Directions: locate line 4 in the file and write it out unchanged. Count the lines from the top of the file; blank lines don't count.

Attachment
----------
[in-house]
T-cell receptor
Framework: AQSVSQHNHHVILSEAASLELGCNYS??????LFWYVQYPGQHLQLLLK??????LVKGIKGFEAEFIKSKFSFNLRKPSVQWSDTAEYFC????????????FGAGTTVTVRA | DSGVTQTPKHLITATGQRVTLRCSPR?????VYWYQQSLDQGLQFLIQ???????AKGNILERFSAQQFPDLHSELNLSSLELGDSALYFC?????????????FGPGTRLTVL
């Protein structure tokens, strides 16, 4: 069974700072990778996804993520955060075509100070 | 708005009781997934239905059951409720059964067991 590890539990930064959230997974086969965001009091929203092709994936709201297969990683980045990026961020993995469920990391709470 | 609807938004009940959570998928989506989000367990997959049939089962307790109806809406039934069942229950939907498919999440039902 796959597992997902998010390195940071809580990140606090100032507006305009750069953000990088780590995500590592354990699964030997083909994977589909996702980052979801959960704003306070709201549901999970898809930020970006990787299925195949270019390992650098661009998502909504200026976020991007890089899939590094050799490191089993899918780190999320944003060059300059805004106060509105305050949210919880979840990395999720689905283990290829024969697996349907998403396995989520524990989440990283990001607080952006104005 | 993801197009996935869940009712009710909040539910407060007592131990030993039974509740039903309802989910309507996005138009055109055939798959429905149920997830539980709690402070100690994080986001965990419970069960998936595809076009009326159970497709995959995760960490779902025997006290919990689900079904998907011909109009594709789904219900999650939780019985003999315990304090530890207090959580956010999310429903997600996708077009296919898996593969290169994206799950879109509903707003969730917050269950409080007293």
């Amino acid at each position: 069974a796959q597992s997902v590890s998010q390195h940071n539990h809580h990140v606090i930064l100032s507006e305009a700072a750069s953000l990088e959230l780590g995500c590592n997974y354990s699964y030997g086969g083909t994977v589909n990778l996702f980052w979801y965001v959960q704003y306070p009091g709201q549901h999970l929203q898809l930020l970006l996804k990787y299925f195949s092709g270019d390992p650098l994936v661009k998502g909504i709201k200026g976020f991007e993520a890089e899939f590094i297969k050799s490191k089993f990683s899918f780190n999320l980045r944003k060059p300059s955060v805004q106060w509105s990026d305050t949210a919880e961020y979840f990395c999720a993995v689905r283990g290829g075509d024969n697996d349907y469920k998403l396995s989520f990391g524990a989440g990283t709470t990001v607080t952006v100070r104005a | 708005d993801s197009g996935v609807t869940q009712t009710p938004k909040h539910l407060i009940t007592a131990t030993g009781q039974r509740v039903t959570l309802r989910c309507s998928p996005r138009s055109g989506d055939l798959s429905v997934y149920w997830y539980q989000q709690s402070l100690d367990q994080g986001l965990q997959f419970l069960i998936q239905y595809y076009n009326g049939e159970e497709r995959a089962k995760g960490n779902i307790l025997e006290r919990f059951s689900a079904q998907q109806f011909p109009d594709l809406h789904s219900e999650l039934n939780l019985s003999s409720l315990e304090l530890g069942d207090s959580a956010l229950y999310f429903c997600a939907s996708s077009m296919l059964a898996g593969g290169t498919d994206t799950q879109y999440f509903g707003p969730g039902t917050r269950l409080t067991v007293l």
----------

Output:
């Protein structure tokens, strides 16, 4: 069974700072990778996804993520955060075509100070 | 708005009781997934239905059951409720059964067991 590890539990930064959230997974086969965001009091929203092709994936709201297969990683980045990026961020993995469920990391709470 | 609807938004009940959570998928989506989000367990997959049939089962307790109806809406039934069942229950939907498919999440039902 796959597992997902998010390195940071809580990140606090100032507006305009750069953000990088780590995500590592354990699964030997083909994977589909996702980052979801959960704003306070709201549901999970898809930020970006990787299925195949270019390992650098661009998502909504200026976020991007890089899939590094050799490191089993899918780190999320944003060059300059805004106060509105305050949210919880979840990395999720689905283990290829024969697996349907998403396995989520524990989440990283990001607080952006104005 | 993801197009996935869940009712009710909040539910407060007592131990030993039974509740039903309802989910309507996005138009055109055939798959429905149920997830539980709690402070100690994080986001965990419970069960998936595809076009009326159970497709995959995760960490779902025997006290919990689900079904998907011909109009594709789904219900999650939780019985003999315990304090530890207090959580956010999310429903997600996708077009296919898996593969290169994206799950879109509903707003969730917050269950409080007293």